12/21/2011 1:30 PM
Propane is a byproduct of natural gas processing and petroleum refining. Before propane is used, it exists in one of two forms, liquid or gas (or vapor). Both liquid propane and gas are usable but cannot be used interchangeably. In other words, a propane system designed to use gas can't utilize propane in its liquid form and vice-versa. Additionally, the characteristics of propane liquid and propane gas are so different that the primary properties we are concerned with are as different as night and day. With propane liquid, temperature is the primary factor whereas weight is the main concern regarding propane vapor. Think of it this way, water is liquid and steam is water vapor. The same holds true for propane and is explained in detail below.
Liquefied Petroleum Gas (LPG), is a fuel in liquid form at or below its boiling point (-44 degrees F) and when it is stored under pressure, otherwise it turns to gas (or vapor). A propane and butane mixture has been successfully used for over 95 years in more than 270,000 American vehicles and over 13 million worldwide used mainly as a vehicle fuel or to easily identify a leak (due to the smell).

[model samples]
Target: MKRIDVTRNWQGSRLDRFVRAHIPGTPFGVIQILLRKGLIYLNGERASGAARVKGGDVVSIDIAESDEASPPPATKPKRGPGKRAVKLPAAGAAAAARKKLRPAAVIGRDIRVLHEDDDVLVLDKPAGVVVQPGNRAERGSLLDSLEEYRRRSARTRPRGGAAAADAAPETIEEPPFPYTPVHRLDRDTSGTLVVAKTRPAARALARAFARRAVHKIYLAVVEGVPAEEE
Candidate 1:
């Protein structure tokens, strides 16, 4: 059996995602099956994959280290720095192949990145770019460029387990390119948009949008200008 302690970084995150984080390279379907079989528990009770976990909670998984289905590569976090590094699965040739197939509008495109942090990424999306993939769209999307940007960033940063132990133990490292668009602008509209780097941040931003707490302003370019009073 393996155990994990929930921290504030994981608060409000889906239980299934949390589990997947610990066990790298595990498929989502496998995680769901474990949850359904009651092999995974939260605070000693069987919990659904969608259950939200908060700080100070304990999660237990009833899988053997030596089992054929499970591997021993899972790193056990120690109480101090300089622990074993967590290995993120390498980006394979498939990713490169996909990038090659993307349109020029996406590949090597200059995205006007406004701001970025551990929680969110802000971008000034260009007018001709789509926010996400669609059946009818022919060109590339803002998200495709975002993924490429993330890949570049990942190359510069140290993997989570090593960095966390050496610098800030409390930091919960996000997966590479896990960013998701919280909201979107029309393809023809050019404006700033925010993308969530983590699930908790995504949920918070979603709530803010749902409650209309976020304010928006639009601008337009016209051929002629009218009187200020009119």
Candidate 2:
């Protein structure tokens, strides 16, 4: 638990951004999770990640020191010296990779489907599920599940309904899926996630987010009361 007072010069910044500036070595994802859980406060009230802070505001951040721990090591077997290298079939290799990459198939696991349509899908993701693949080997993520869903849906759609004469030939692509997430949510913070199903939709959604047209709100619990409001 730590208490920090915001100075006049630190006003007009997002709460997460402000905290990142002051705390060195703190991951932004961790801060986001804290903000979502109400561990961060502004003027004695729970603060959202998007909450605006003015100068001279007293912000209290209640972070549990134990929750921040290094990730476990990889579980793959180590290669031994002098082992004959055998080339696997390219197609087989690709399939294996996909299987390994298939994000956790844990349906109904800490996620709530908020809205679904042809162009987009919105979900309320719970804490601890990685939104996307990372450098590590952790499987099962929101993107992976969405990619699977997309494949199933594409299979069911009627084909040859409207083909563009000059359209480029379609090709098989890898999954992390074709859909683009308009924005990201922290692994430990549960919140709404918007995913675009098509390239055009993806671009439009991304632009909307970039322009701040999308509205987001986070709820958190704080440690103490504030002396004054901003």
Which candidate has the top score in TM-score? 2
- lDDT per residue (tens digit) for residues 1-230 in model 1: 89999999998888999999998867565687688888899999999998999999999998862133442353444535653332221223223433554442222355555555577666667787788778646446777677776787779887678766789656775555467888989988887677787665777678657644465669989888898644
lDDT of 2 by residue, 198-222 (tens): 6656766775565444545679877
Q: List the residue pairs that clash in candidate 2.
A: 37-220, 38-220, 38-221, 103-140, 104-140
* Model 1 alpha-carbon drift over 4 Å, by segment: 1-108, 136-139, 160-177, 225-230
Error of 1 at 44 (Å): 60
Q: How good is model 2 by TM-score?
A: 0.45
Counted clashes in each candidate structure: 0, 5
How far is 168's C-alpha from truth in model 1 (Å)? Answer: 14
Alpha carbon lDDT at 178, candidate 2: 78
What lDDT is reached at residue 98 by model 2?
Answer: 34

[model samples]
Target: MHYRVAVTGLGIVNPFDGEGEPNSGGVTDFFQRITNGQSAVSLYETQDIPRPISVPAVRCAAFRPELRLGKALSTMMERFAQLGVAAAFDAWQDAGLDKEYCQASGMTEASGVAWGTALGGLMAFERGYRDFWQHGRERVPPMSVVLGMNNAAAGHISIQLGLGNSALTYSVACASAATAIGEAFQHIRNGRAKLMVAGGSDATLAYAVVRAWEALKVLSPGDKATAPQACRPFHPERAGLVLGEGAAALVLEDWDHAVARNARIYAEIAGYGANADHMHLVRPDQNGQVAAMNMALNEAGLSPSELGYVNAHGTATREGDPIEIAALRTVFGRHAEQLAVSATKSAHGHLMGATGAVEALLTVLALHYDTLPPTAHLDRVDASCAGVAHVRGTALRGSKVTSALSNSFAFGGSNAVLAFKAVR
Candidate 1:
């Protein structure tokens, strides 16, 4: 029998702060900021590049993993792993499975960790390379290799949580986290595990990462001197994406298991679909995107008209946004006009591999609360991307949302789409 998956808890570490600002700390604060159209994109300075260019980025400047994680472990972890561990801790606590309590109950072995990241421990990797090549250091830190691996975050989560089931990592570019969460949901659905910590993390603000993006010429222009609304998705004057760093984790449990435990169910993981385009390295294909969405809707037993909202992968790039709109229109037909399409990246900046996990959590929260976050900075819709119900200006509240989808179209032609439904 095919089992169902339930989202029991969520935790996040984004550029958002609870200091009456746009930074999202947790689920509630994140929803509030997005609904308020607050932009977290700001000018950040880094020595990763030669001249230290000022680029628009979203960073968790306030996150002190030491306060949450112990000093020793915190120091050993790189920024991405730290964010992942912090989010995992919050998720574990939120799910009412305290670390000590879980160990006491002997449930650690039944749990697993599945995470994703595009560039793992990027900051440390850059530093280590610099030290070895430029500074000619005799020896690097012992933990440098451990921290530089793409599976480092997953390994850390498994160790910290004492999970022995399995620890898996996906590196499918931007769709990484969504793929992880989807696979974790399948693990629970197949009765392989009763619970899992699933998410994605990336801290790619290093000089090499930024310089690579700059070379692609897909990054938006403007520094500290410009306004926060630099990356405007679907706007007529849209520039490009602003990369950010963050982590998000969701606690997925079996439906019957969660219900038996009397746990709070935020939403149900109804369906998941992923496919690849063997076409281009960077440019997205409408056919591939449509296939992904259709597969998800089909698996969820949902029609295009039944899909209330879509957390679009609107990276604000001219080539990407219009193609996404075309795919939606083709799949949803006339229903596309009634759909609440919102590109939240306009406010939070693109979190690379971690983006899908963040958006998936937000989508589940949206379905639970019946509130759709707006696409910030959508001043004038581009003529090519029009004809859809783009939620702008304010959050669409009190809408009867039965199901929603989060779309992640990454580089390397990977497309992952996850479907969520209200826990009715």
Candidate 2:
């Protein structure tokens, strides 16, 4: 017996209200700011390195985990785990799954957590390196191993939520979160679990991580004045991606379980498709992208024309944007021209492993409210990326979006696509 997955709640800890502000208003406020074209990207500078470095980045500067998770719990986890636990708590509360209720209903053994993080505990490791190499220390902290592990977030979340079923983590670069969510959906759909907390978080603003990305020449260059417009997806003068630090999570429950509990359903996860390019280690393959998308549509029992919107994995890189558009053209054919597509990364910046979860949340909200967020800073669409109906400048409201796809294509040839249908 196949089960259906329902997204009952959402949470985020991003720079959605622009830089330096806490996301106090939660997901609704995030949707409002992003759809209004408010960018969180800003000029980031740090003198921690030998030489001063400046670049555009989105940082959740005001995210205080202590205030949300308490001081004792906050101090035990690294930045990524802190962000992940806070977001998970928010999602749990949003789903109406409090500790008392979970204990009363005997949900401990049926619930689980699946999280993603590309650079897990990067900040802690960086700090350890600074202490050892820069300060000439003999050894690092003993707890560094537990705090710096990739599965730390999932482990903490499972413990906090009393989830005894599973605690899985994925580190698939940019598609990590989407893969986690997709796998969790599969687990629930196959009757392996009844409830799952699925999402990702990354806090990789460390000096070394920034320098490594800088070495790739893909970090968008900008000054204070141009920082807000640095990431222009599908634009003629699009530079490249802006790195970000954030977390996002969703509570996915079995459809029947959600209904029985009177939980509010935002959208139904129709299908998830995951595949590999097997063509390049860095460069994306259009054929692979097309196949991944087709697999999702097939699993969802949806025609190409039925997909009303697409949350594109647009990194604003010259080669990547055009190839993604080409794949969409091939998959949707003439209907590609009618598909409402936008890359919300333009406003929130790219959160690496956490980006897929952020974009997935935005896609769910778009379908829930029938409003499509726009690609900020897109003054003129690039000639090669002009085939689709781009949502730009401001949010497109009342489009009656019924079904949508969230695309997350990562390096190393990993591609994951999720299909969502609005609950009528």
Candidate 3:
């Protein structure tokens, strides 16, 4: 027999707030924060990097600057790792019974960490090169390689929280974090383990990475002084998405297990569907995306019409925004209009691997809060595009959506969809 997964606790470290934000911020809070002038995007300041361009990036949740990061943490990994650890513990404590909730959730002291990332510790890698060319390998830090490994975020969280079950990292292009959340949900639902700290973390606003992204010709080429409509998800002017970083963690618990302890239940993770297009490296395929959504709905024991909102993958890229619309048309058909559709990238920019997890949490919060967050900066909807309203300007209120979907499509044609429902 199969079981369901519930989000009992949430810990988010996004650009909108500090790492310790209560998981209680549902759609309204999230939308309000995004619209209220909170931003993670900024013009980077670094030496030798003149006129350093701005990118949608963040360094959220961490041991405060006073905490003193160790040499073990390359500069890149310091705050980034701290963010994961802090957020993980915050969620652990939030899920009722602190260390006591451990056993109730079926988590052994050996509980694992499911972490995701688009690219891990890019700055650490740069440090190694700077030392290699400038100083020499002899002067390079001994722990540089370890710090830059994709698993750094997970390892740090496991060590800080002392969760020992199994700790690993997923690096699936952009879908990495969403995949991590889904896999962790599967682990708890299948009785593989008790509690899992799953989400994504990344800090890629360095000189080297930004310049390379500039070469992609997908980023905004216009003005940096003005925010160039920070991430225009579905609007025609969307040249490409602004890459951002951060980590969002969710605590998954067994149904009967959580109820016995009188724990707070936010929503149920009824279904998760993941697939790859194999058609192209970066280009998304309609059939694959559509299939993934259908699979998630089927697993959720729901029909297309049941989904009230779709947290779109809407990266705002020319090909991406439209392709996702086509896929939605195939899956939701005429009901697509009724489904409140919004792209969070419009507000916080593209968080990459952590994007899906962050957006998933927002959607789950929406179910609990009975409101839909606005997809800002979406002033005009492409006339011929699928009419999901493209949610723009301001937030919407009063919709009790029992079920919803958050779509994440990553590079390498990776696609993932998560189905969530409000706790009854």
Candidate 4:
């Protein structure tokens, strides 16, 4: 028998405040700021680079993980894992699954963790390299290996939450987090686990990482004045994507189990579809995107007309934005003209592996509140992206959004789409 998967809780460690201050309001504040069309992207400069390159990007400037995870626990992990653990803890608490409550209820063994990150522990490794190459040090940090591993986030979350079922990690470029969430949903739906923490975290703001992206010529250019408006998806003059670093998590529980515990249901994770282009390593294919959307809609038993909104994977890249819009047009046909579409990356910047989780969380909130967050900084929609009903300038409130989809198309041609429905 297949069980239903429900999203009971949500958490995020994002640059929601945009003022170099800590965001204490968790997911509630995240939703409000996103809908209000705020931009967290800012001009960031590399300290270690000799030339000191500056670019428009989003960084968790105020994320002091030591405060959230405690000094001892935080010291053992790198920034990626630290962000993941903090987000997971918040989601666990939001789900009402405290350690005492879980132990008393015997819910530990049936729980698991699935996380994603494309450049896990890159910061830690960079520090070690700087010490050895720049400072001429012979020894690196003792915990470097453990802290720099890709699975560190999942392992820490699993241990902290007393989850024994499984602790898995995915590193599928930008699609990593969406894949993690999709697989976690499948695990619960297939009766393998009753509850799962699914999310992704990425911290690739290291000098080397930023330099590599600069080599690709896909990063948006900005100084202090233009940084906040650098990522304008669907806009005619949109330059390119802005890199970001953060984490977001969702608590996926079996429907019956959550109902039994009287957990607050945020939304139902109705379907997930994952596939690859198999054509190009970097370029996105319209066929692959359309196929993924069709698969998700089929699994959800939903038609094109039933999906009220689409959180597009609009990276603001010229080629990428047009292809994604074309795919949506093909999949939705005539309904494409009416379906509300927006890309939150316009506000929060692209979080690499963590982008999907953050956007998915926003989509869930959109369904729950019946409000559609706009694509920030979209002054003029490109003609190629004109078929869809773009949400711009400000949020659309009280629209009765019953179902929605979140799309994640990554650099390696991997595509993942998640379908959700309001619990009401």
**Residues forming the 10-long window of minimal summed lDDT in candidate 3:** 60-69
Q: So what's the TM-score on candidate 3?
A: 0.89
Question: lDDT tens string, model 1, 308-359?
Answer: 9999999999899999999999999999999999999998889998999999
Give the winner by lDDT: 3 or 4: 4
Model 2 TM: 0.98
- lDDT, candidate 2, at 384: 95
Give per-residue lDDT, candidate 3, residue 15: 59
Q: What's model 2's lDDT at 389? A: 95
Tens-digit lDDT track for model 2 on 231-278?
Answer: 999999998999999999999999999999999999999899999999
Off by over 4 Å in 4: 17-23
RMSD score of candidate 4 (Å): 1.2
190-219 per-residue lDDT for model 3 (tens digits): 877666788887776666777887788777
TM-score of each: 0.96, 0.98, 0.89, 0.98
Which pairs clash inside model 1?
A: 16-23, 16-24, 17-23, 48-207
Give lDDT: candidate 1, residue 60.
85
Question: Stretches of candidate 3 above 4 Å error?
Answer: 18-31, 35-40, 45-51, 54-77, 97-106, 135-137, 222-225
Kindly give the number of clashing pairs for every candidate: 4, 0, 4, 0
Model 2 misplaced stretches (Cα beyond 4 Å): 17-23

Propane Gas (or Vapor)
Propane becomes a vapor at temperatures above -44 degrees F. Similar to water when it boils and gives off steam, propane gives off vapor when it boils. Propane gas is heavier than air and will settle in the lowest place possible. If there is a leak, the level will continue to rise and may ignite if it finds a source. It is mainly used for engines, barbeques, portable stoves and home heating.
Source – Propane 101